When Theodore Roosevelt’s son broke his nose playing football in 1906, the president saw a need to make college athletics safer. The result was the National Collegiate Athletic Association, which has been responsible for regulating varsity sports ever since. But lately, some have called foul on the organization for allegedly exploiting student players. While their athletic talent can mean big bucks for their colleges and universities, the students see none of those riches, and in fact are required to sign away their image and likeness – perhaps in perpetuity. In his recent talk at Town Hall Los Angeles, NCAA president Mark Emmert contends that a college education, travel and other perks are ample compensation for amateur athletes. But the business of college sports is, arguably, anything but amateur. Now a pending class-action lawsuit by athletes against the NCAA could change the game as we know it forever.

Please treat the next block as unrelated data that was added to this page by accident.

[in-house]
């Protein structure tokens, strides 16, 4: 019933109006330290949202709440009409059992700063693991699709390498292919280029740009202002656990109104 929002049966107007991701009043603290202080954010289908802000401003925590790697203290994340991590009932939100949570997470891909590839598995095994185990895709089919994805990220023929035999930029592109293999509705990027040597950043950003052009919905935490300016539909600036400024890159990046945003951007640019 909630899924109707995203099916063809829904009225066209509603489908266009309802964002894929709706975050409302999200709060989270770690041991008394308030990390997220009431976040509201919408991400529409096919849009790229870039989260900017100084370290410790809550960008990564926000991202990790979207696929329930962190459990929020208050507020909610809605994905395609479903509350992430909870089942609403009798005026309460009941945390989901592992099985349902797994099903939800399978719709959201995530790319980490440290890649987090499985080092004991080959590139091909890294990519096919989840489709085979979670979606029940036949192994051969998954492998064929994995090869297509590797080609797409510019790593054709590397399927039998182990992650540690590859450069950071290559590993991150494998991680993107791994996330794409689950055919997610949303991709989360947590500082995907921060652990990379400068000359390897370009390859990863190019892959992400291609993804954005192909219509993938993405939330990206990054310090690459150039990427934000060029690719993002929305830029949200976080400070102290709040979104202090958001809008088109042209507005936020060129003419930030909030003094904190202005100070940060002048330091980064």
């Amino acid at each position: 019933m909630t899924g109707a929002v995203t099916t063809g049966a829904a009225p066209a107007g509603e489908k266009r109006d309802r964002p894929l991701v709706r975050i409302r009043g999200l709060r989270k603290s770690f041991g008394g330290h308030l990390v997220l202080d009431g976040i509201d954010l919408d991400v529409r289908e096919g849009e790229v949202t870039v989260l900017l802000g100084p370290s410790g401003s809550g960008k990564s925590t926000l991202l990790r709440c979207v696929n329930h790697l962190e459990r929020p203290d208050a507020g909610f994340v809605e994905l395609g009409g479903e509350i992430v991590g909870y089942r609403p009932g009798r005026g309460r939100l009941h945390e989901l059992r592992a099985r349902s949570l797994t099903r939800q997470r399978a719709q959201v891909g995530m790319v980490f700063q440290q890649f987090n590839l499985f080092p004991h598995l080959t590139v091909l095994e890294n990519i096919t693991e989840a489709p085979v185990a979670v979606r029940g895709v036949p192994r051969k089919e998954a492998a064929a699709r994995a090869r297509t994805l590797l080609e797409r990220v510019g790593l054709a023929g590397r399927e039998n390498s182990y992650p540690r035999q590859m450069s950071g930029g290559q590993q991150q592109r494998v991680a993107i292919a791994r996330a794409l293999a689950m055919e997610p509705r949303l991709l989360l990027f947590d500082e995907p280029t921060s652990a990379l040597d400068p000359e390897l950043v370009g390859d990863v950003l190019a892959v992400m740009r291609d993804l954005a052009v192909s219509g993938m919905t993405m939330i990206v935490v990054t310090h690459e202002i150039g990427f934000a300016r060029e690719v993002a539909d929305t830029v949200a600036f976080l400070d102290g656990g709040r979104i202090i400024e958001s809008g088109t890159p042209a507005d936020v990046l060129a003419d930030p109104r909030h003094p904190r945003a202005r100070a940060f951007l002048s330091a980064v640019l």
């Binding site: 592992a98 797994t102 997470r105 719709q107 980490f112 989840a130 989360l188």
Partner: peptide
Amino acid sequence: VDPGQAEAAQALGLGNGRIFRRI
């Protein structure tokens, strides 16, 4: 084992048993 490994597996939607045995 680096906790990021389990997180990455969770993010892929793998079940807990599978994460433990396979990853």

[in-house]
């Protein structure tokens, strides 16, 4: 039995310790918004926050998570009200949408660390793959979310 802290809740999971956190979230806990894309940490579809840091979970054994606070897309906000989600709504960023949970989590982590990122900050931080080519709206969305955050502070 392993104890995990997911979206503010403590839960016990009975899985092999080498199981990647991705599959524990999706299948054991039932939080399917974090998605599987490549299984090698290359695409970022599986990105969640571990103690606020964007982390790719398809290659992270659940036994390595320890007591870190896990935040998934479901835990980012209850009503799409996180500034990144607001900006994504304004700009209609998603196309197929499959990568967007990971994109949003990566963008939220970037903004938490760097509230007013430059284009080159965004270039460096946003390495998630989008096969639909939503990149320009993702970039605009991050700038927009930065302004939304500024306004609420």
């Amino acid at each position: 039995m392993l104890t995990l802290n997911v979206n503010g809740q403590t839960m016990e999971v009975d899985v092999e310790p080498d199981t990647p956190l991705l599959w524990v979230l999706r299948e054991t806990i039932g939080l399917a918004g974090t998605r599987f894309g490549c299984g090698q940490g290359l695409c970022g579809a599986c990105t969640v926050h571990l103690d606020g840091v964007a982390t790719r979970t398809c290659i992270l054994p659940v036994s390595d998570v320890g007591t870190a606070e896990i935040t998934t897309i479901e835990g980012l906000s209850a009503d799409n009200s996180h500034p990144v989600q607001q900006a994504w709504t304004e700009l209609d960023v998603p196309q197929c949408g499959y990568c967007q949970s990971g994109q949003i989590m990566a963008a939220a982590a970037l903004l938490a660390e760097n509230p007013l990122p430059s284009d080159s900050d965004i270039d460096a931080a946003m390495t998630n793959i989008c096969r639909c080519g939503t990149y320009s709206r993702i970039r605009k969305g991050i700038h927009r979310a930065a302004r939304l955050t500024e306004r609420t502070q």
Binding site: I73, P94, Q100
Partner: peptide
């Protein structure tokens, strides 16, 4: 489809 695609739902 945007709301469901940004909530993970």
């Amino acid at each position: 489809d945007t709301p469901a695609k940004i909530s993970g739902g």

Town Hall Speaker:
Mark Emmert, President, National Collegiate Athletic Association (NCAA)
Jeff Fellenzer, USC Professor in Sports, Business & Media
Town Hall Vault Speaker:
Jerry Buss, Owner, Los Angeles Lakers (1980)